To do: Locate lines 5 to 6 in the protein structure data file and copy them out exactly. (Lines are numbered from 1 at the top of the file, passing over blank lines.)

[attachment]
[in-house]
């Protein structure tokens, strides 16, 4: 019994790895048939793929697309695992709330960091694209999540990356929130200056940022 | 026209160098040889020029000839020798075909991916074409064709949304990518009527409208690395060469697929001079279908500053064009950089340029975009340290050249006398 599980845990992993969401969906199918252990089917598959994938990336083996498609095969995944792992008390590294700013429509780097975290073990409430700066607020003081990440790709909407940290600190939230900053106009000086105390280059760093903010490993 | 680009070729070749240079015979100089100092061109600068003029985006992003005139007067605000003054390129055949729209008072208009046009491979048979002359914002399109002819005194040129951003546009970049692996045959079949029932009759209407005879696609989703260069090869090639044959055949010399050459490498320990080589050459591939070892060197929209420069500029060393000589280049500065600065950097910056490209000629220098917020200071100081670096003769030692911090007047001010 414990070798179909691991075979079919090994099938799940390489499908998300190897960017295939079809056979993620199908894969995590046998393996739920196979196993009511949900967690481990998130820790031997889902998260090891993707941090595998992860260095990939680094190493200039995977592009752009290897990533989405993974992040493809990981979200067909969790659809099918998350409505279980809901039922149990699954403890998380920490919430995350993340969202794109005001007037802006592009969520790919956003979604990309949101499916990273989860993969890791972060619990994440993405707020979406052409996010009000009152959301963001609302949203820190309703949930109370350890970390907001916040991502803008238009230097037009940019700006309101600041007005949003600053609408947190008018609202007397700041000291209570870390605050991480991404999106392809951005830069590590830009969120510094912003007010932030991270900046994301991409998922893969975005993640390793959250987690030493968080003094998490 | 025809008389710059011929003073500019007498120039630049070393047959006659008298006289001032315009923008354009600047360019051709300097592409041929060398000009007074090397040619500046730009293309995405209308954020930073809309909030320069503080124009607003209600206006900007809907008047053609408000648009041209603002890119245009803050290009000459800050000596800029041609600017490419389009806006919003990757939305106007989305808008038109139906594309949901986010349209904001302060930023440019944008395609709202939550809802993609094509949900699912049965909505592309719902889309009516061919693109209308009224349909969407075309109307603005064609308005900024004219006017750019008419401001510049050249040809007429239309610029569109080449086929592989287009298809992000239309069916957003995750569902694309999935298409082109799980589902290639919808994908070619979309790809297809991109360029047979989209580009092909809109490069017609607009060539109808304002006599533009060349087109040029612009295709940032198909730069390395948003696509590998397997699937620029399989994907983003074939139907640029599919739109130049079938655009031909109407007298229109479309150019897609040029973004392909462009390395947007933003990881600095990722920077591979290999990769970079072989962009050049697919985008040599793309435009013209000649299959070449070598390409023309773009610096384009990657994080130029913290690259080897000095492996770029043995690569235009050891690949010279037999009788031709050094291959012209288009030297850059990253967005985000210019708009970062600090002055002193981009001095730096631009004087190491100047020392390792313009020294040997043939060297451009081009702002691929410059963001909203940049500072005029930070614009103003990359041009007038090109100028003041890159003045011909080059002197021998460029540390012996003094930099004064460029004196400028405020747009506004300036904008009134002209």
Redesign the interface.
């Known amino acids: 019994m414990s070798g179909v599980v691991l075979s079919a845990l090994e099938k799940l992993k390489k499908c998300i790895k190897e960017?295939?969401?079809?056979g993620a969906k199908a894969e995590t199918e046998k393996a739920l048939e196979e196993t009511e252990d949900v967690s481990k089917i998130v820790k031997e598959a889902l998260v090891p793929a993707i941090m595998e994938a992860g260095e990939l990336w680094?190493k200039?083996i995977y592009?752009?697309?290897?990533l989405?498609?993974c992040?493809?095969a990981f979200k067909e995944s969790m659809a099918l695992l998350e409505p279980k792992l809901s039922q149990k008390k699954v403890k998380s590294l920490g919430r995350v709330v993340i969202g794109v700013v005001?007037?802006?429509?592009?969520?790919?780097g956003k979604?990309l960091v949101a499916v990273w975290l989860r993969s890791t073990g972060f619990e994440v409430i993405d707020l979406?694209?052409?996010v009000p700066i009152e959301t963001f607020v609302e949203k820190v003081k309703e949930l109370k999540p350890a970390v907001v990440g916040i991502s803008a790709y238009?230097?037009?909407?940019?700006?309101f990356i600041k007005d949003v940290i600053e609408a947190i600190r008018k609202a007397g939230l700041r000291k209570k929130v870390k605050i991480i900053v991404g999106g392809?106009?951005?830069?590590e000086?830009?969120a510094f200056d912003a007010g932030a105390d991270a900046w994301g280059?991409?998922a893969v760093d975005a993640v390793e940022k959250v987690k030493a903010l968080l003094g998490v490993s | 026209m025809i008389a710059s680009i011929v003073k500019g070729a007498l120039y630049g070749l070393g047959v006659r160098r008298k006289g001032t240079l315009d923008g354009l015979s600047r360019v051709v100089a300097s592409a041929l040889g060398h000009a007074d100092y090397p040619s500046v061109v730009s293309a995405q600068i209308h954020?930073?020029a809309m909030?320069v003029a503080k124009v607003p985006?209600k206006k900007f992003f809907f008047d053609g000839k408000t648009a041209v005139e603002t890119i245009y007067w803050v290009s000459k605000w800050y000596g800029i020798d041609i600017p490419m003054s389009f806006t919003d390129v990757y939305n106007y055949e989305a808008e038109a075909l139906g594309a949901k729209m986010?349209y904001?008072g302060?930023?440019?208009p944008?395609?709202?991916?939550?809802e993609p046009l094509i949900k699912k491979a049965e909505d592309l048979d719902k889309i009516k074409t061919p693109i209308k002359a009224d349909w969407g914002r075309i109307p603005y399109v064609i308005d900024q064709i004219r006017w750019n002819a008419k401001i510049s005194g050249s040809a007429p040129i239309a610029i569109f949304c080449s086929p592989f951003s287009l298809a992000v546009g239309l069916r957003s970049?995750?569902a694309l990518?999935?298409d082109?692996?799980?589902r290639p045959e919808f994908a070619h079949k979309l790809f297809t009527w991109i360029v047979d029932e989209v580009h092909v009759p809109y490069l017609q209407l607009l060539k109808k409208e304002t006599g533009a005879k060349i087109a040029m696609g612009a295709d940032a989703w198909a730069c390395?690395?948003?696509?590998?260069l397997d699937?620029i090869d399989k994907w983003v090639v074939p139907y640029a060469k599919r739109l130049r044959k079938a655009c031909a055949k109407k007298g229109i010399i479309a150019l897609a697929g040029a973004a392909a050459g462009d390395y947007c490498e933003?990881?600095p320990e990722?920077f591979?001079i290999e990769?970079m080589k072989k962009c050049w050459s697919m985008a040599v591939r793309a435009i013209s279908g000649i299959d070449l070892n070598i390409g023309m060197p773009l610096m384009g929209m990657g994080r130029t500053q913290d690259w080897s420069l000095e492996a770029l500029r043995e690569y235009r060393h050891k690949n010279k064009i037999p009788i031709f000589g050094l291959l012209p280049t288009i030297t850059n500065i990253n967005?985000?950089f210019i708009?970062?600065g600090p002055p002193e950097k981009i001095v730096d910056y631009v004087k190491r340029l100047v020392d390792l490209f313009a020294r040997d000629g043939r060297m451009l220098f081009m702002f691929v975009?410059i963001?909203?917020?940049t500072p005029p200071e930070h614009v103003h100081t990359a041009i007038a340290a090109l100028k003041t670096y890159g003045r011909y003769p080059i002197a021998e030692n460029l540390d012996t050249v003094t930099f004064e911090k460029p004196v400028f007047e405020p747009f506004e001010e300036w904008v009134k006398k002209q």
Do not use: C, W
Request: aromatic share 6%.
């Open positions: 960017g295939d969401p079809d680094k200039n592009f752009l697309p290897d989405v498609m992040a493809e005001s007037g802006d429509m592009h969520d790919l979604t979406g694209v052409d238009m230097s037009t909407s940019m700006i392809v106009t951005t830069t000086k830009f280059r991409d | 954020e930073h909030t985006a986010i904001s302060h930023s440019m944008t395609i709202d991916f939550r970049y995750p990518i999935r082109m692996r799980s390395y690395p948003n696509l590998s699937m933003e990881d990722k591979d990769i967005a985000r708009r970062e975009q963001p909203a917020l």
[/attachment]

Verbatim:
Do not use: C, W
Request: aromatic share 6%.